Do you manage by opinion, by experience, or by fact?

Article by , May 2, 2018


Do you manage by opinion, by experience, or by fact?

by Kathy Letendre, Letendre & Associates LLC

‘Management by Fact’ is one of the values exhibited in high-performing organizations.  Management by Fact is a philosophy of management.  It is about understanding, with data, where you are and determining the most appropriate way to intervene to improve performance.

As leaders, we must learn how to “extract larger meaning from data and information to support evaluation, decision-making, improvement and innovation” (Baldrige Criteria for Performance Excellence).  Becoming a fact-based manager is about understanding how to use data to manage.  Understanding what data to collect, how to examine data, how to interpret data, and how to determine when to intervene (and when notto intervene!).  All in all — how to make decisions based on data, rather than on opinion or just past experience.

Many, many organizations manage by opinion.  In this style of management, when faced with a situation, a group of people is brought together for a discussion about the situation.  Everyone gives his or her opinion about what should be done.  This type of management decision-making can involve very lengthy and often heated debates.  If a decision is reached, it may because a person had the ‘loudest voice’, or someone was very persistent and wouldn’t ‘back down’, or it was deferred to the most senior leader in the room.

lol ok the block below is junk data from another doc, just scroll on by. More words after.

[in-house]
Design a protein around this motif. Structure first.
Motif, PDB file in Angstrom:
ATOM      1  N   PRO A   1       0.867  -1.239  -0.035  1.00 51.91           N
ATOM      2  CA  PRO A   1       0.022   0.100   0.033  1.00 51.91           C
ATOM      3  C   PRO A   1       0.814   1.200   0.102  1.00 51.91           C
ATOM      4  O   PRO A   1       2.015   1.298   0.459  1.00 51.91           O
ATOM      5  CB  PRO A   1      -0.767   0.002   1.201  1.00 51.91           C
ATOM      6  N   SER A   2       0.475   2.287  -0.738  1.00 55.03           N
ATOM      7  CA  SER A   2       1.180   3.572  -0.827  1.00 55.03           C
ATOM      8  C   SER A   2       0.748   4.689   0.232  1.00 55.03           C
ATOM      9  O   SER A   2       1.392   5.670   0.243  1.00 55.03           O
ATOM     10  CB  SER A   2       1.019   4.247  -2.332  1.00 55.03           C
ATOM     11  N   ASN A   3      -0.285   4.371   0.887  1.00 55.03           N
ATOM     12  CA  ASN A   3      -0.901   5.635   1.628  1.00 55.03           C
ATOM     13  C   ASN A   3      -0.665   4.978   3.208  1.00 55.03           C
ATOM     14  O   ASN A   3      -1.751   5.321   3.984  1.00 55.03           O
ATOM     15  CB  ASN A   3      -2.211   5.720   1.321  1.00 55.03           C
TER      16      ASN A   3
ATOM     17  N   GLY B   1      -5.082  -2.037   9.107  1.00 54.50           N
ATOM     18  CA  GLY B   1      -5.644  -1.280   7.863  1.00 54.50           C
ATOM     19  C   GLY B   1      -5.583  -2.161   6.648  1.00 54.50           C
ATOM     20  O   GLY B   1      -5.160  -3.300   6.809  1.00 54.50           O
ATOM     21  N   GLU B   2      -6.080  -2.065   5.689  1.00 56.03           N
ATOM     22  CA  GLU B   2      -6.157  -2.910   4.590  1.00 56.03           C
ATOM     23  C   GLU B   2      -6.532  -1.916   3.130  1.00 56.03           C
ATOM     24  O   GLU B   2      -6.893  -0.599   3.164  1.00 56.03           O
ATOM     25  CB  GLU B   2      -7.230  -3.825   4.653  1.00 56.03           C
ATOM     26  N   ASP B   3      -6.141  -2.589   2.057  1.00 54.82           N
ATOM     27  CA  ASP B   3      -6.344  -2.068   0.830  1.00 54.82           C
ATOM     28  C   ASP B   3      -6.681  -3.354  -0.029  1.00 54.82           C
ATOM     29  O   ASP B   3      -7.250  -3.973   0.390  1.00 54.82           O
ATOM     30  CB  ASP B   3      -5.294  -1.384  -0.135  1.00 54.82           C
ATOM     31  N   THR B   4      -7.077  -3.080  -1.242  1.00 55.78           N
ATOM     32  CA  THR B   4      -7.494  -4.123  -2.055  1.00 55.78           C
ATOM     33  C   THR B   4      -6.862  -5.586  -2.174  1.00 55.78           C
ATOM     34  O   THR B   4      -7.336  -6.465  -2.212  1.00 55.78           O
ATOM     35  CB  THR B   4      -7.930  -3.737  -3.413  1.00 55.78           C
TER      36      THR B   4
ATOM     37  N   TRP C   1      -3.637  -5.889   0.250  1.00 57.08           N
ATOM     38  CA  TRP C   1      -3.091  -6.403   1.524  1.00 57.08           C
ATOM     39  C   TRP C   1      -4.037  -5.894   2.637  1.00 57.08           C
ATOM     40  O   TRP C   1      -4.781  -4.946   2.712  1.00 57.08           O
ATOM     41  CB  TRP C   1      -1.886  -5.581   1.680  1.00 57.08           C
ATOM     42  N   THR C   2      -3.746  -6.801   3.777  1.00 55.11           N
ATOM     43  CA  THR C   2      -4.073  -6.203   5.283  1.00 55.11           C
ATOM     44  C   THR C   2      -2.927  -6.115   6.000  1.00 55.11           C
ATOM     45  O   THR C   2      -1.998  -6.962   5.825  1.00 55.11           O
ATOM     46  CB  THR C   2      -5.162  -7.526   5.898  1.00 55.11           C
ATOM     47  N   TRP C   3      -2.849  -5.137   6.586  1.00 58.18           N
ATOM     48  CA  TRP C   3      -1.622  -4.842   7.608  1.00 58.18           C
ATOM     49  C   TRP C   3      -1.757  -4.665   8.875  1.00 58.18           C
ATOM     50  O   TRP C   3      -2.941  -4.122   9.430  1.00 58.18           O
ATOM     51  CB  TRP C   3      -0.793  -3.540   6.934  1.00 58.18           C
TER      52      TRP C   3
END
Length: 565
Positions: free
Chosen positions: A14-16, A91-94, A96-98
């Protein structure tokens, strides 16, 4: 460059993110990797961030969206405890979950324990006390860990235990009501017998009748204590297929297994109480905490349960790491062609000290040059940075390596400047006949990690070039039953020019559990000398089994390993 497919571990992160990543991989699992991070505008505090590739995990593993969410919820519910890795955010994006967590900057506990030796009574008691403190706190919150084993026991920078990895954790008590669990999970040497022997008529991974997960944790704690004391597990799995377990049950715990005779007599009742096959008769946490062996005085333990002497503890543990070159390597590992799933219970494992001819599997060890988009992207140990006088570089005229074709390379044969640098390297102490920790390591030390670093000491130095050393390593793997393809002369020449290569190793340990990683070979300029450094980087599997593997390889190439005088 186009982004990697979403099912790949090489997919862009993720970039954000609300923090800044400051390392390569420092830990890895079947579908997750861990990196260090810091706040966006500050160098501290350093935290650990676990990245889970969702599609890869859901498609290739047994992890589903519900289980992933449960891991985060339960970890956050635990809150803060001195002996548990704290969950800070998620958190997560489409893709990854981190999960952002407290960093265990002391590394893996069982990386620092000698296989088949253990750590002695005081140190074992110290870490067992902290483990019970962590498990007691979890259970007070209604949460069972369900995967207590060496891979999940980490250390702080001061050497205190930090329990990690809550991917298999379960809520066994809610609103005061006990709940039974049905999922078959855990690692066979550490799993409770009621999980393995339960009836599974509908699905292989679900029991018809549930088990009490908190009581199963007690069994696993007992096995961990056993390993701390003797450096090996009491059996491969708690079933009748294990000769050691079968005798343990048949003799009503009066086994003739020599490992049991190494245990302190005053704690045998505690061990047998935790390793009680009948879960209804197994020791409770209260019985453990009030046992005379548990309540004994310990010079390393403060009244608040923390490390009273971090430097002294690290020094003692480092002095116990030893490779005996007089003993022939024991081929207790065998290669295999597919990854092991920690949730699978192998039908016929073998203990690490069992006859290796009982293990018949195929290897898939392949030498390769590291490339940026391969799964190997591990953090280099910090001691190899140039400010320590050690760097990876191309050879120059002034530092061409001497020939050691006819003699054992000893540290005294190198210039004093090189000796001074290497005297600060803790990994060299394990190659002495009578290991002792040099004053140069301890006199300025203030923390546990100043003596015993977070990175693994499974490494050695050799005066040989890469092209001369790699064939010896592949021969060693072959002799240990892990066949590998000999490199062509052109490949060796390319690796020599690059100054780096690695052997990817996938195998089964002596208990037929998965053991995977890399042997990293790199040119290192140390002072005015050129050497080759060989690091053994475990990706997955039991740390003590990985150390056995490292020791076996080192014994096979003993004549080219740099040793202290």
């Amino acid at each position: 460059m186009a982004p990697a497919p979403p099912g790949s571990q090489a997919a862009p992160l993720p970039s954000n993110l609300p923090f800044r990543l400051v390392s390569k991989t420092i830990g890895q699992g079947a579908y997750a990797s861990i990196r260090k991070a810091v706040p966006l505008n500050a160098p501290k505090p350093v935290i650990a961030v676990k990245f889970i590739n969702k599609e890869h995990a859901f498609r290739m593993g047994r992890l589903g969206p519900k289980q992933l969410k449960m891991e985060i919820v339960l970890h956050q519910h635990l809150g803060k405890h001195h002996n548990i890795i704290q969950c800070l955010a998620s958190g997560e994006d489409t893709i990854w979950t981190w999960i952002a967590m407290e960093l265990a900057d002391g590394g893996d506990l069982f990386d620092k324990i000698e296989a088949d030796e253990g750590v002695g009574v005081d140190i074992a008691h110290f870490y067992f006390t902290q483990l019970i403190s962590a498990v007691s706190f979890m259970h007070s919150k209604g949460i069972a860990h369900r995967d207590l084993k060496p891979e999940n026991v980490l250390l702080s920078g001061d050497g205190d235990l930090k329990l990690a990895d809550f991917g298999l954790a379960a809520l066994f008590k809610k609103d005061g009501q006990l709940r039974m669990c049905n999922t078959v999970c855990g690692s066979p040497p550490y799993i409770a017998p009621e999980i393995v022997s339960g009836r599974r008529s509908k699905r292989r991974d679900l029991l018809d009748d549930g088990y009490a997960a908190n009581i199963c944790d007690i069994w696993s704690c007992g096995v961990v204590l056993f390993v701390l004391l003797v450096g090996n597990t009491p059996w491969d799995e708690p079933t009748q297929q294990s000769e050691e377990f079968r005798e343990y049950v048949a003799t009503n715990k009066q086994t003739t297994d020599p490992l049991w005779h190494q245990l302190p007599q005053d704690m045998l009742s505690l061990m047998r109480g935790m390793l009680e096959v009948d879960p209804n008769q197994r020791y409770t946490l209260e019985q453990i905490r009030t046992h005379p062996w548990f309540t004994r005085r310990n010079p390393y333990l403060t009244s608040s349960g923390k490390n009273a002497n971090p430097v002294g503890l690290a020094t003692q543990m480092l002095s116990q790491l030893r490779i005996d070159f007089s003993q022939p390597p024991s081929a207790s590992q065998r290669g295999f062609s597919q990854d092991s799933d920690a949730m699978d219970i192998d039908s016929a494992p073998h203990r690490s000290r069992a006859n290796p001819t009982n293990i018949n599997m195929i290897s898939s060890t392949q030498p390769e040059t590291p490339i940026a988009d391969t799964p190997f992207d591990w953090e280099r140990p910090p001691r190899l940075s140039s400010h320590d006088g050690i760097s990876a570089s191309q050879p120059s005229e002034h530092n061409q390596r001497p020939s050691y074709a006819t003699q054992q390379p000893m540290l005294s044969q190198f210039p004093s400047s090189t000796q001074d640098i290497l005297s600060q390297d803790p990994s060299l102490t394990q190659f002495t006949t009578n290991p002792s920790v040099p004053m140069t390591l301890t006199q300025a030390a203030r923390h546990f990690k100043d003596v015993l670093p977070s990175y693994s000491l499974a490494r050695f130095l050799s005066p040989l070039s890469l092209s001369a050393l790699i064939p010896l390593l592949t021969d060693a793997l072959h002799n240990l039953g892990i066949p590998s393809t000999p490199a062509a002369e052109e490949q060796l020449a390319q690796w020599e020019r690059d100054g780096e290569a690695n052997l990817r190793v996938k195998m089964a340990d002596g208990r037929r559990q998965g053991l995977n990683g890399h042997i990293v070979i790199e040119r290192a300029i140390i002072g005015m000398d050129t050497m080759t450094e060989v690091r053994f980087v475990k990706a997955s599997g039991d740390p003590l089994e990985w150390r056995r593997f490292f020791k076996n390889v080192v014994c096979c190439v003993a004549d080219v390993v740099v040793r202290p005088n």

Management by experience is a bit better than managing by opinion.  This style brings together people who have had experience in the area under discussion.  The problem is that often people’s experience in the area is dated (particularly if the people discussing it are leaders).  They are not intimately involved with the current practices; for example, a senior leader’s direct experience in the area may be dated.  Therefore management by experience may not be reliable.

Managing by fact is the most effective style.  It is based upon understanding what data is needed to make a decision, getting the data, and properly interpreting the data to come to a decision.  This type of decision-making can also involve groups, but more often than not it involves the use of decision-making tools.  In an excellent organization, the bias is towards fact-based management.

To be an effective fact-based manager, one must become a manager of process.  We can use numbers (measures) to listen to the ‘voice of the process’.  We can ‘hear’ the process if we know how to look at and interpret the numbers.

A lot of your time as a manager/leader should be looking at data to determine if there is a need to improve performance.  But how many managers do this?  For many leaders, managing this way will be a change.  A change, that when made well, will promote improved performance results.

©Letendre& Associates LLC, 2013